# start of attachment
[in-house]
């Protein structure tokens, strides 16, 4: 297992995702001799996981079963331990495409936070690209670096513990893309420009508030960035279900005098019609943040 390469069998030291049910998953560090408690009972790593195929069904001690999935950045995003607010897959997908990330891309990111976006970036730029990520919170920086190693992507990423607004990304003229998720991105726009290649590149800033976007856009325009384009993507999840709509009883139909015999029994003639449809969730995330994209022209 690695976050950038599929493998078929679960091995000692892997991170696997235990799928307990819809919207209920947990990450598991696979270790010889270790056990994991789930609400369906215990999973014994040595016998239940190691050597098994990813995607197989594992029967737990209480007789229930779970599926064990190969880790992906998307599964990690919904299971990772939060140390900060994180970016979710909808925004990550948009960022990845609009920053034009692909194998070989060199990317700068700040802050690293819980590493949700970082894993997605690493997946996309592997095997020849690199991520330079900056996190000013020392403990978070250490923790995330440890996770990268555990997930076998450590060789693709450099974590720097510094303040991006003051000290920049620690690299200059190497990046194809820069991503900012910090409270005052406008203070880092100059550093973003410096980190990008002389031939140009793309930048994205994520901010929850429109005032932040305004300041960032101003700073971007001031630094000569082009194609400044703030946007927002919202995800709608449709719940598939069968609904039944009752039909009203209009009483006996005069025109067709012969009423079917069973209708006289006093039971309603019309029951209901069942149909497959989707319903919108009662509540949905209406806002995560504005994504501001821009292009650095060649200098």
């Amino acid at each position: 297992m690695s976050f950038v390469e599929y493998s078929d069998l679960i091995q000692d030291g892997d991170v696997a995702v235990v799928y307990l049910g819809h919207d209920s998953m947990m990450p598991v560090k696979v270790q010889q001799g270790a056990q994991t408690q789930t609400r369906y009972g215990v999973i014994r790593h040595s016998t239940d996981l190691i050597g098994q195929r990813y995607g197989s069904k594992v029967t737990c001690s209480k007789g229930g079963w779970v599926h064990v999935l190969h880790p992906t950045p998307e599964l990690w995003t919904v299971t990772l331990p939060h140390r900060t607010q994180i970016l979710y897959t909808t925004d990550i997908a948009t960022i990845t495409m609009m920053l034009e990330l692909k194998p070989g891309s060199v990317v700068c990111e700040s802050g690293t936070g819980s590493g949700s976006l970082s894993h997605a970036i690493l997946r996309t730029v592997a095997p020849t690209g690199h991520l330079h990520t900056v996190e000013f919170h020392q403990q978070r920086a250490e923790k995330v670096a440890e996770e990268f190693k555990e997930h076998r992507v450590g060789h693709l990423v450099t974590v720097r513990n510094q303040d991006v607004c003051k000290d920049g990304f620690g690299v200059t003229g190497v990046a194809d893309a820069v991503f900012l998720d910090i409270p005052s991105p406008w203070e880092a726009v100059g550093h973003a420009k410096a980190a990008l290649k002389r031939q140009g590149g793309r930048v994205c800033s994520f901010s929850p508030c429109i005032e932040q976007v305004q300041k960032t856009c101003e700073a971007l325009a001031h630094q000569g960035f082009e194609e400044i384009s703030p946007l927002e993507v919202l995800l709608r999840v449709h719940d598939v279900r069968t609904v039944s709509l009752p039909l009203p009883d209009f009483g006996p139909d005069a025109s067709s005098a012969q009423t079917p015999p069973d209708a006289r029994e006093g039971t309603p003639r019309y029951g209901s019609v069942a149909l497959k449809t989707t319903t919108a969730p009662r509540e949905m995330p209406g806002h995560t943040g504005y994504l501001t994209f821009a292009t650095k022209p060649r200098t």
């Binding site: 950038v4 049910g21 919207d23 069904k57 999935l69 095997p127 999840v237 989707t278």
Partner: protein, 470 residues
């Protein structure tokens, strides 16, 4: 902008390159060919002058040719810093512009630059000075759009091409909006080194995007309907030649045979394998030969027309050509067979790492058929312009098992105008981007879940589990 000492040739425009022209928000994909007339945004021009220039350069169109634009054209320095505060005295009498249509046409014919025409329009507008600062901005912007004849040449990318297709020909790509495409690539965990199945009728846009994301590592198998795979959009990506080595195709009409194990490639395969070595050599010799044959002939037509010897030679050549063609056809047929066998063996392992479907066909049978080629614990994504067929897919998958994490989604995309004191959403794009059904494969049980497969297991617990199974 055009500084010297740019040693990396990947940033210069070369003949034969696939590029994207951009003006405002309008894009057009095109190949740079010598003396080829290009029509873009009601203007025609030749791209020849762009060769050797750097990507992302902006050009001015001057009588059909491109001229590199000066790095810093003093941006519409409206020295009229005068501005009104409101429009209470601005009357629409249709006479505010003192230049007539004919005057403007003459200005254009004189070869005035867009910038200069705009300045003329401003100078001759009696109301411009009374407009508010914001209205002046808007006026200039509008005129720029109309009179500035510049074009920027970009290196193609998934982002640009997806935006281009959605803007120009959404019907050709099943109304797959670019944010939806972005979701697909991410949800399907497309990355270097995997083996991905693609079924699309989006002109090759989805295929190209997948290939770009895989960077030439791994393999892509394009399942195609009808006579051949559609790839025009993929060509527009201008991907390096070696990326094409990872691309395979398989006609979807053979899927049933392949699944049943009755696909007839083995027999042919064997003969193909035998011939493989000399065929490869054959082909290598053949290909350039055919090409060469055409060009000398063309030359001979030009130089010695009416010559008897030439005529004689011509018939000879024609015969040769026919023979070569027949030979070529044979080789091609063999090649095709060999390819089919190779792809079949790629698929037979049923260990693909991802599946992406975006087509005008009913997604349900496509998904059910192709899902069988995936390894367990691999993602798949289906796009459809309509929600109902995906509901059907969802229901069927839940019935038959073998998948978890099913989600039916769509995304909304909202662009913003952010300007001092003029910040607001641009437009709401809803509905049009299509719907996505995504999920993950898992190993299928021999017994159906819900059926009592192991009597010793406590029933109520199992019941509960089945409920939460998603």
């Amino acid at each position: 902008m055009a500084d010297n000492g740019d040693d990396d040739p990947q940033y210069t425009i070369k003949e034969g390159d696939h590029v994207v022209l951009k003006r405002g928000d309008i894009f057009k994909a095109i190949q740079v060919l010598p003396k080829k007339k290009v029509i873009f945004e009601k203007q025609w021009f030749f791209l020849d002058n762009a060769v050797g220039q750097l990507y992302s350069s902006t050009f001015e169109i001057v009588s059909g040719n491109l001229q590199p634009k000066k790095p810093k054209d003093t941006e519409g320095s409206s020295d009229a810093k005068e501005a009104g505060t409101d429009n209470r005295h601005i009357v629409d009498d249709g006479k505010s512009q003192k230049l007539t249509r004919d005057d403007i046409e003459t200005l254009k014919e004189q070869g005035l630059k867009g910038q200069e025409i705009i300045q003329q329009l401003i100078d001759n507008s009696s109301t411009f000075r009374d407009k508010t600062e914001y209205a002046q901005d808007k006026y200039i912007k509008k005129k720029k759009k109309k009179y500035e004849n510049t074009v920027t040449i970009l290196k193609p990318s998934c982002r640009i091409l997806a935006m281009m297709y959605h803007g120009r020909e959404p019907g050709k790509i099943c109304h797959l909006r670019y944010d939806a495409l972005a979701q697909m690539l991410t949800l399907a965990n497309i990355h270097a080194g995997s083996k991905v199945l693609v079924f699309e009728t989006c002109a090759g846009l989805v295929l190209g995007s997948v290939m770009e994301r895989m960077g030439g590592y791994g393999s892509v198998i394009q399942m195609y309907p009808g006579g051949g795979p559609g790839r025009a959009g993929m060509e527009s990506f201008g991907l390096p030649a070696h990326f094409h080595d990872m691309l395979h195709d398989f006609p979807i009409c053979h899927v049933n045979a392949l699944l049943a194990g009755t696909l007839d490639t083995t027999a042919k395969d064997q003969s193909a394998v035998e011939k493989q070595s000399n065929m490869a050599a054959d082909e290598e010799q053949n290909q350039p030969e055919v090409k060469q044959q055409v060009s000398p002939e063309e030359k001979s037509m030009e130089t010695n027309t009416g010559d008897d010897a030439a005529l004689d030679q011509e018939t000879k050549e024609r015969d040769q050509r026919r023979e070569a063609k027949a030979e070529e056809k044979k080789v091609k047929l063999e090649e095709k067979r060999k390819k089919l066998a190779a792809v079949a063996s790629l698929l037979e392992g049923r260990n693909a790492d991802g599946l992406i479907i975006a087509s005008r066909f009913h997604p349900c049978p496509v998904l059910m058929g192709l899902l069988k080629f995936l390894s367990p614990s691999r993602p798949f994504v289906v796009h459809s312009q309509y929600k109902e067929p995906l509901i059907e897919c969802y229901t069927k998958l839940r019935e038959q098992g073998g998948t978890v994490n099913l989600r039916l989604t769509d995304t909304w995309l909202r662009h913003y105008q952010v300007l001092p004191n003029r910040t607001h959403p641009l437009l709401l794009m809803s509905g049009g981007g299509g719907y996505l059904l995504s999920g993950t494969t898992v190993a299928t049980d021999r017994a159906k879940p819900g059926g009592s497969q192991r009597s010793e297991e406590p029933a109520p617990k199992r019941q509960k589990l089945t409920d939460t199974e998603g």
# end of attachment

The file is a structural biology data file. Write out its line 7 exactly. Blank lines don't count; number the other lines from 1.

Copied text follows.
């Amino acid at each position: 902008m055009a500084d010297n000492g740019d040693d990396d040739p990947q940033y210069t425009i070369k003949e034969g390159d696939h590029v994207v022209l951009k003006r405002g928000d309008i894009f057009k994909a095109i190949q740079v060919l010598p003396k080829k007339k290009v029509i873009f945004e009601k203007q025609w021009f030749f791209l020849d002058n762009a060769v050797g220039q750097l990507y992302s350069s902006t050009f001015e169109i001057v009588s059909g040719n491109l001229q590199p634009k000066k790095p810093k054209d003093t941006e519409g320095s409206s020295d009229a810093k005068e501005a009104g505060t409101d429009n209470r005295h601005i009357v629409d009498d249709g006479k505010s512009q003192k230049l007539t249509r004919d005057d403007i046409e003459t200005l254009k014919e004189q070869g005035l630059k867009g910038q200069e025409i705009i300045q003329q329009l401003i100078d001759n507008s009696s109301t411009f000075r009374d407009k508010t600062e914001y209205a002046q901005d808007k006026y200039i912007k509008k005129k720029k759009k109309k009179y500035e004849n510049t074009v920027t040449i970009l290196k193609p990318s998934c982002r640009i091409l997806a935006m281009m297709y959605h803007g120009r020909e959404p019907g050709k790509i099943c109304h797959l909006r670019y944010d939806a495409l972005a979701q697909m690539l991410t949800l399907a965990n497309i990355h270097a080194g995997s083996k991905v199945l693609v079924f699309e009728t989006c002109a090759g846009l989805v295929l190209g995007s997948v290939m770009e994301r895989m960077g030439g590592y791994g393999s892509v198998i394009q399942m195609y309907p009808g006579g051949g795979p559609g790839r025009a959009g993929m060509e527009s990506f201008g991907l390096p030649a070696h990326f094409h080595d990872m691309l395979h195709d398989f006609p979807i009409c053979h899927v049933n045979a392949l699944l049943a194990g009755t696909l007839d490639t083995t027999a042919k395969d064997q003969s193909a394998v035998e011939k493989q070595s000399n065929m490869a050599a054959d082909e290598e010799q053949n290909q350039p030969e055919v090409k060469q044959q055409v060009s000398p002939e063309e030359k001979s037509m030009e130089t010695n027309t009416g010559d008897d010897a030439a005529l004689d030679q011509e018939t000879k050549e024609r015969d040769q050509r026919r023979e070569a063609k027949a030979e070529e056809k044979k080789v091609k047929l063999e090649e095709k067979r060999k390819k089919l066998a190779a792809v079949a063996s790629l698929l037979e392992g049923r260990n693909a790492d991802g599946l992406i479907i975006a087509s005008r066909f009913h997604p349900c049978p496509v998904l059910m058929g192709l899902l069988k080629f995936l390894s367990p614990s691999r993602p798949f994504v289906v796009h459809s312009q309509y929600k109902e067929p995906l509901i059907e897919c969802y229901t069927k998958l839940r019935e038959q098992g073998g998948t978890v994490n099913l989600r039916l989604t769509d995304t909304w995309l909202r662009h913003y105008q952010v300007l001092p004191n003029r910040t607001h959403p641009l437009l709401l794009m809803s509905g049009g981007g299509g719907y996505l059904l995504s999920g993950t494969t898992v190993a299928t049980d021999r017994a159906k879940p819900g059926g009592s497969q192991r009597s010793e297991e406590p029933a109520p617990k199992r019941q509960k589990l089945t409920d939460t199974e998603g």